White Trash Getting Food in the Ghetto
3 minute read
There is one scene in the movie, Kill Bill, where the main character lays in a bed with her young daughter watching cartoons. Nothing else matters. Everything thing that mother did was for this moment- to watch cartoons with her precious daughter. Her daughter is safe, they are safe, and they are watching cartoons. I feel that, minus all the samurai action that led to that moment.
My fiance’s mother was quite upset when she found out that I was pregnant. I think she may have even said “oh shit.” Mothers of irresponsible sons sometimes have pretty good foresight. I was 20 and ready to live happily ever after. What did she know? She knew. I didn’t.
I didn’t foresee how far I could let my ego go. I didn’t foresee that as I let my ego go to survive the best I could, how much further others could push it down. Like the siblings that said “You have more in life than you deserve. I won’t help you. You are like a beggar in the streets. You are wasting your time (with school).” Years later, I am very proud, as I should be, but I shouldn’t forget where I was.
All government assistance requires tons of paperwork. They want to know everything about you. I’m surprised they don’t have you check a box about your bowel movements, may as well. You have to give them your bank statements, pay stubs, rent receipts, custody information, the electric bill, car note, how much cash you have to the penny, references, child care information, and loads of forms. Everything has to be updated frequently. When they say it’s time to update, you have a strict deadline and if you make any changes to your life in any way, shape, or form without telling them within a week, you could lose everything and have to start the process from scratch.
I had to go to see my caseworker every so often to turn in paperwork. I judged myself walking in. I judged others. I judged others judging me. I shouldn’t be here. They shouldn’t be here. Who is driving that fancy car in the parking lot? Her purse is too nice for her to be sitting in this room.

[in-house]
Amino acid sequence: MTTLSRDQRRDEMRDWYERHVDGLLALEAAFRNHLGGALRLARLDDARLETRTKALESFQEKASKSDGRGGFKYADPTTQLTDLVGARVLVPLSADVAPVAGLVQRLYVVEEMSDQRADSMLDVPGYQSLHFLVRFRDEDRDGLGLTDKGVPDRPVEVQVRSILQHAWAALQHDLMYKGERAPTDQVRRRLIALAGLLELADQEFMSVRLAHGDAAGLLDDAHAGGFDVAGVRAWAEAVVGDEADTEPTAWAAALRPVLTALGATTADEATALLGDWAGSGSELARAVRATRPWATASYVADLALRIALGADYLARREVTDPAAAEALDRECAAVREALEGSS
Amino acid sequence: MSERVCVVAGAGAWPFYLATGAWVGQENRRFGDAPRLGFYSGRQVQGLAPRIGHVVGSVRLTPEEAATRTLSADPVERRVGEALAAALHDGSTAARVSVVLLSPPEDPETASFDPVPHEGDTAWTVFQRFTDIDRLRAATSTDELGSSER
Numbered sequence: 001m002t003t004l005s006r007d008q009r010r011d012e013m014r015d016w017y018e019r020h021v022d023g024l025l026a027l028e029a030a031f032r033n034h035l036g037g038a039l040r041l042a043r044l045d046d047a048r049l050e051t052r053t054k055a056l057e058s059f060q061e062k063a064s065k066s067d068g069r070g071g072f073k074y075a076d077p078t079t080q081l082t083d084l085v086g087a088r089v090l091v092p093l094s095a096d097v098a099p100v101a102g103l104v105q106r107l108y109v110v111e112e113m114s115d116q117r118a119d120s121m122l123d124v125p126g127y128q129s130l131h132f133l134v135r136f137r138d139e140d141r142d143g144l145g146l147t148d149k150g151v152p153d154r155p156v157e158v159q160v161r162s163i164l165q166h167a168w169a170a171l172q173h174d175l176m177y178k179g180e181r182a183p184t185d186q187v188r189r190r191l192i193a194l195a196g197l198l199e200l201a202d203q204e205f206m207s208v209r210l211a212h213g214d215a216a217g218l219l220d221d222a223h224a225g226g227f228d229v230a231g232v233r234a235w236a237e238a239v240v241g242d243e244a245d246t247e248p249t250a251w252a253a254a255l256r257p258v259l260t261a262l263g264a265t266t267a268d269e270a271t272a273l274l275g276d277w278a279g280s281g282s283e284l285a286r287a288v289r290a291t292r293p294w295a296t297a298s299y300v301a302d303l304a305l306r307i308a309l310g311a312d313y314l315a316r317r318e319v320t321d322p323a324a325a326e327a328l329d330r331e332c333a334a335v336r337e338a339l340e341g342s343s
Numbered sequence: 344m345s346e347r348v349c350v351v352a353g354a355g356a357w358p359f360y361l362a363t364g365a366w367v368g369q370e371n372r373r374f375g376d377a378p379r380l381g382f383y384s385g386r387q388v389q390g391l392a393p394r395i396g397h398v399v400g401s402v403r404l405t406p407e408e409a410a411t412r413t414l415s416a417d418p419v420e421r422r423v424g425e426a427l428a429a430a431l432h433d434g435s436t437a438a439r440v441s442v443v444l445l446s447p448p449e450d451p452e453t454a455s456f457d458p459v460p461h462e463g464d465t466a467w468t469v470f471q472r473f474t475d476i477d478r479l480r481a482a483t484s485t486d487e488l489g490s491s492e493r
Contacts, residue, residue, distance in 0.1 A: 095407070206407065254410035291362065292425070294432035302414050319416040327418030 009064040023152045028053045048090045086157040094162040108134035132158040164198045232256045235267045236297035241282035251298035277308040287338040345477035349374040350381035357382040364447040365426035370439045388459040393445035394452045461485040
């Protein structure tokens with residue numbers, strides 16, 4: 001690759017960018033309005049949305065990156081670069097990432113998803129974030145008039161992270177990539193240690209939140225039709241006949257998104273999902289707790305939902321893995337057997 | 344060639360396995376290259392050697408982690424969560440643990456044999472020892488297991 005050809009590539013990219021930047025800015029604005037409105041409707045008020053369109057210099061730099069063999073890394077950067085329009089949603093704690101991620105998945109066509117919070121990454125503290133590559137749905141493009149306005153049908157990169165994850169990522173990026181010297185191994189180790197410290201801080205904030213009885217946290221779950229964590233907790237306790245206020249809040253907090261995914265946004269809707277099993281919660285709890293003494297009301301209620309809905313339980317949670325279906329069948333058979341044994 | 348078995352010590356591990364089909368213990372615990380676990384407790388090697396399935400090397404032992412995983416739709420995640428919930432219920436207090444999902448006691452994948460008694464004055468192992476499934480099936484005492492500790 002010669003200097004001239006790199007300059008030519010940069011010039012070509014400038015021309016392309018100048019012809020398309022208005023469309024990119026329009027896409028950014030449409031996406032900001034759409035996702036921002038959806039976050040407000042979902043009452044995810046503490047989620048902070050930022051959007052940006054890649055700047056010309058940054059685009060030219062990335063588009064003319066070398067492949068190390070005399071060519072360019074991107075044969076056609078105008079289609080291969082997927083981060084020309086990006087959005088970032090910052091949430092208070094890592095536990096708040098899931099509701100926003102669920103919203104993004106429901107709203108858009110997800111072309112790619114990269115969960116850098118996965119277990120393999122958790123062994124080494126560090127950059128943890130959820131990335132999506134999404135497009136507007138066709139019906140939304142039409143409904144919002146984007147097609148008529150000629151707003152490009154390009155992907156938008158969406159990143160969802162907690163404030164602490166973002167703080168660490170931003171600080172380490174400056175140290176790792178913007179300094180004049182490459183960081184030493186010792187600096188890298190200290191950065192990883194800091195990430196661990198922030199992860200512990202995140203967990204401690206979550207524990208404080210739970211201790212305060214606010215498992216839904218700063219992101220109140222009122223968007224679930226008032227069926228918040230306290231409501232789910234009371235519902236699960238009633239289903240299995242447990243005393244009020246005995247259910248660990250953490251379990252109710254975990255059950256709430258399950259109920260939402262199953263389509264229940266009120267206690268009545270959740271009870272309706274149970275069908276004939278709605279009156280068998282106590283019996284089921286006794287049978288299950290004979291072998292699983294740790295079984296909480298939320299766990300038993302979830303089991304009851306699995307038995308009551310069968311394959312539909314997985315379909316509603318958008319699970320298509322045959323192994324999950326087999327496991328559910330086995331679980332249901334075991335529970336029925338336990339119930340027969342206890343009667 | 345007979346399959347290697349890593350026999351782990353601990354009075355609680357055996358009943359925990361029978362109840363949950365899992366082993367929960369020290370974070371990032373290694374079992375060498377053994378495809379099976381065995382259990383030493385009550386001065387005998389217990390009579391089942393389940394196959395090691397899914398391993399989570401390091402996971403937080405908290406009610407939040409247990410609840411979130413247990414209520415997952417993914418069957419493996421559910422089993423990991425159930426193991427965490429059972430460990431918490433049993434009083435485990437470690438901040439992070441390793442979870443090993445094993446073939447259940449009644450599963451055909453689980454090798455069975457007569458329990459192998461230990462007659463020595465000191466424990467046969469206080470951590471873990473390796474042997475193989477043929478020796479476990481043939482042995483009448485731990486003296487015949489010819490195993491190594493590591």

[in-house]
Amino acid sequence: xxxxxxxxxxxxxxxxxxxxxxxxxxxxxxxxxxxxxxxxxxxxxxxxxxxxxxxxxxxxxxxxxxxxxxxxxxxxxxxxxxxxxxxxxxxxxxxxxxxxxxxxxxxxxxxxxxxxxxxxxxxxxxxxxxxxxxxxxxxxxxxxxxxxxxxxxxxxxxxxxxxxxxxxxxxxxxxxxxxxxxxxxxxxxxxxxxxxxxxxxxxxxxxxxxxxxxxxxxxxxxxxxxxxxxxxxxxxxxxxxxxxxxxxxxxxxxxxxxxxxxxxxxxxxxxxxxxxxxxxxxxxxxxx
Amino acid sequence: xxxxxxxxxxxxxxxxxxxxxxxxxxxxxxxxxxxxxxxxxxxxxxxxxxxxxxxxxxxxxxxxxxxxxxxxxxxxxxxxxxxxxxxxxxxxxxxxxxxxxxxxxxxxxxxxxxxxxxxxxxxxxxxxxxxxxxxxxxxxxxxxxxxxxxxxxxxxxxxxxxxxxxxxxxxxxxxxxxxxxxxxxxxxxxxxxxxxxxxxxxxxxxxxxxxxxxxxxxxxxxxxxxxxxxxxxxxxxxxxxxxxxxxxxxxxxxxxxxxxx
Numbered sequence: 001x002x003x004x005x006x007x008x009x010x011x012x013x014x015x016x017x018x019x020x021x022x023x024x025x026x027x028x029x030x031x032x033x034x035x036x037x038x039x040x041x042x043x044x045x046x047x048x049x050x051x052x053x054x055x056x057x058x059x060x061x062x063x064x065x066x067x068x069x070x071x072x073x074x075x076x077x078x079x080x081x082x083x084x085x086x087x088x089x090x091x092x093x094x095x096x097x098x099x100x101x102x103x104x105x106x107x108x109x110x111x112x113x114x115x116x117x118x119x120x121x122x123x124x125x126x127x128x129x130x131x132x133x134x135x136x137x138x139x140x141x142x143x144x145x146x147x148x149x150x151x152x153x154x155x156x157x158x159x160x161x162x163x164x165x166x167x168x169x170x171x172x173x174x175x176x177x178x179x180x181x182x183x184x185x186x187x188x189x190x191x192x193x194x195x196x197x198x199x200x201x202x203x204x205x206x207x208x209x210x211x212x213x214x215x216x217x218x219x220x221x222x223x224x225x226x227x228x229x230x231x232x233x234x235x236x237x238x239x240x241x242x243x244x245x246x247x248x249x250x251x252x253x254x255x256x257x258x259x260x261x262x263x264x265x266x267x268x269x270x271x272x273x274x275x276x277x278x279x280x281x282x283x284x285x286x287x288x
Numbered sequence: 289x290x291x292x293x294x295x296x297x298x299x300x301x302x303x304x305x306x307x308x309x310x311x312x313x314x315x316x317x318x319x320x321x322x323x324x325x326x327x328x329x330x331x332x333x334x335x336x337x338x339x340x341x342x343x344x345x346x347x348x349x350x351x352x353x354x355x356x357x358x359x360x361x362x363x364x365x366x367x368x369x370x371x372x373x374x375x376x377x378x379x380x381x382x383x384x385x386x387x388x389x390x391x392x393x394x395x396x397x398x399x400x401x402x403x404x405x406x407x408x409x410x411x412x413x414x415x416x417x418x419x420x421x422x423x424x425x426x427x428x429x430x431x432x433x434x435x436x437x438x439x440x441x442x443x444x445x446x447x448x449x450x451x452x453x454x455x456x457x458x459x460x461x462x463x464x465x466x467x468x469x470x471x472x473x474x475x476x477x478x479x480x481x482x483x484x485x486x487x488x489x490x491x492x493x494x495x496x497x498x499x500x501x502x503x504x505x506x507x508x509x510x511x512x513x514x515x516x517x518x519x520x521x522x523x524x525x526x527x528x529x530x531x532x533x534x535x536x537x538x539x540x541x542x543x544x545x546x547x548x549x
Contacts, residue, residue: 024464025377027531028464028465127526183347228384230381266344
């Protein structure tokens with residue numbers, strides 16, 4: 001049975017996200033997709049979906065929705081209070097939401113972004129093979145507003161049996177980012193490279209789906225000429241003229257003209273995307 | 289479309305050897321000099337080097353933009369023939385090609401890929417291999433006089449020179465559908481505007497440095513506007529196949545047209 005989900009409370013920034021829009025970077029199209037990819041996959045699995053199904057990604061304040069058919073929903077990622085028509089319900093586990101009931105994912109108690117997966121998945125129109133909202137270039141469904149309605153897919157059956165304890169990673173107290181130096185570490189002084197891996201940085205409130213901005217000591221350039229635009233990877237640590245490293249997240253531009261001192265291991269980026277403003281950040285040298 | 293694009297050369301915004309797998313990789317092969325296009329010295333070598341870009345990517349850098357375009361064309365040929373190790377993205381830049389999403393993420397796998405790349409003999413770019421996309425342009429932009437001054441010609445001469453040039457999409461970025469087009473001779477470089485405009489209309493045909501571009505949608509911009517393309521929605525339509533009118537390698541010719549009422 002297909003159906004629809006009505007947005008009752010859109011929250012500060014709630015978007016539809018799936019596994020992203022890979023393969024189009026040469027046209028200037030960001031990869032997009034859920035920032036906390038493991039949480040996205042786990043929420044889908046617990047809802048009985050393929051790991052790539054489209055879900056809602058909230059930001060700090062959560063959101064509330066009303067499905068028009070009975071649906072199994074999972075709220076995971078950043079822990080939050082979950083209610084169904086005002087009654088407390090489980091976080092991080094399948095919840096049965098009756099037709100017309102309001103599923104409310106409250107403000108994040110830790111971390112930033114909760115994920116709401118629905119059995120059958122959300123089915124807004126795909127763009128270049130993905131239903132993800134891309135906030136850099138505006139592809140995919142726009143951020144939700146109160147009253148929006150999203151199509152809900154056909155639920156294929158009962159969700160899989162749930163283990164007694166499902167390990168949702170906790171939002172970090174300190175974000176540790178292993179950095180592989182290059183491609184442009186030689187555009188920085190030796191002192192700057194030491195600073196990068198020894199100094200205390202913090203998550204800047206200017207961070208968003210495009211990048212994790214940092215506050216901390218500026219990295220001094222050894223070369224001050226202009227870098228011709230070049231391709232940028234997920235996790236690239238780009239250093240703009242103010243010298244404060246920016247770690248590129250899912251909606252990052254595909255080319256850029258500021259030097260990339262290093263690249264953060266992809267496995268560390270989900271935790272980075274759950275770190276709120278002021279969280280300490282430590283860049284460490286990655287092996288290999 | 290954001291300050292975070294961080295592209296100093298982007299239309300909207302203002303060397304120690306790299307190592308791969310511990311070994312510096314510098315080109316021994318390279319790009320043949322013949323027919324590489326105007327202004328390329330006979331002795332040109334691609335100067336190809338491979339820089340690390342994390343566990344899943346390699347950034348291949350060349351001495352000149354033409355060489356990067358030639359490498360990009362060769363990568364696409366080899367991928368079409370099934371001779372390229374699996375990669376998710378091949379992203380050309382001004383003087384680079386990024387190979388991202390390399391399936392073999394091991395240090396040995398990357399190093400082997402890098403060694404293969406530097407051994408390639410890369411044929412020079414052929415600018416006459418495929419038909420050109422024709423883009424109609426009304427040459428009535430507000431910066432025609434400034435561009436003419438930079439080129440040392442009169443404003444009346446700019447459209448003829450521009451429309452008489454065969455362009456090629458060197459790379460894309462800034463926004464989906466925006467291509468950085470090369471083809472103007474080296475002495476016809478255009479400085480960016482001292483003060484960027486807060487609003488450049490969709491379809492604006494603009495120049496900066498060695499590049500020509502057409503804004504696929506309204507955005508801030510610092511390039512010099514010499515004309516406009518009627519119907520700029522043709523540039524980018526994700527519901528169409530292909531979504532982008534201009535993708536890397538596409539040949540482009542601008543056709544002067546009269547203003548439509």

You took a number, sat down, and stared at the walls for hours under the bright fluorescent lights. This was before everyone had cell phones. There were various pamphlets and posters on the walls about getting help and being healthy. A cop sat in the corner making sure nothing shady happened. You didn’t make eye contact with those around you. It didn’t feel safe.
The government gives you barely enough to survive and if you go over their threshold of survival- they cut you off or make it harder. It’s a broken system that keeps most people stuck rather than helping them get better. For example, as I was trying to better myself, my benefits decreased to an unsurvivable level. My caseworker point blank told me to have another baby to get more help. There are people that take that advice; I’m not one of them.
Instead, I researched and found other ways to survive: food pantries and church ministries. I still had to provide everything but my bowel movements to these places, but they helped. I had lists of where I could go to my pick up and when. I kept the lists on the fridge so that I wouldn’t miss my dates. They kept tabs on people so everyone had their fair share. You had a certain day of the week assigned to you and could only go once a month.
I picked up expired bread, donated canned foods, bruised and even blackened vegetables from areas of town that some people are afraid to even drive through. One and only one time did I see another young white woman at one of these ghetto food pantries. I like to think she was going to nursing school too. That’s when I lost my food stamps; the government classified my student loans as income and cut me off. But I didn’t give up or give in and that’s the moral of this story.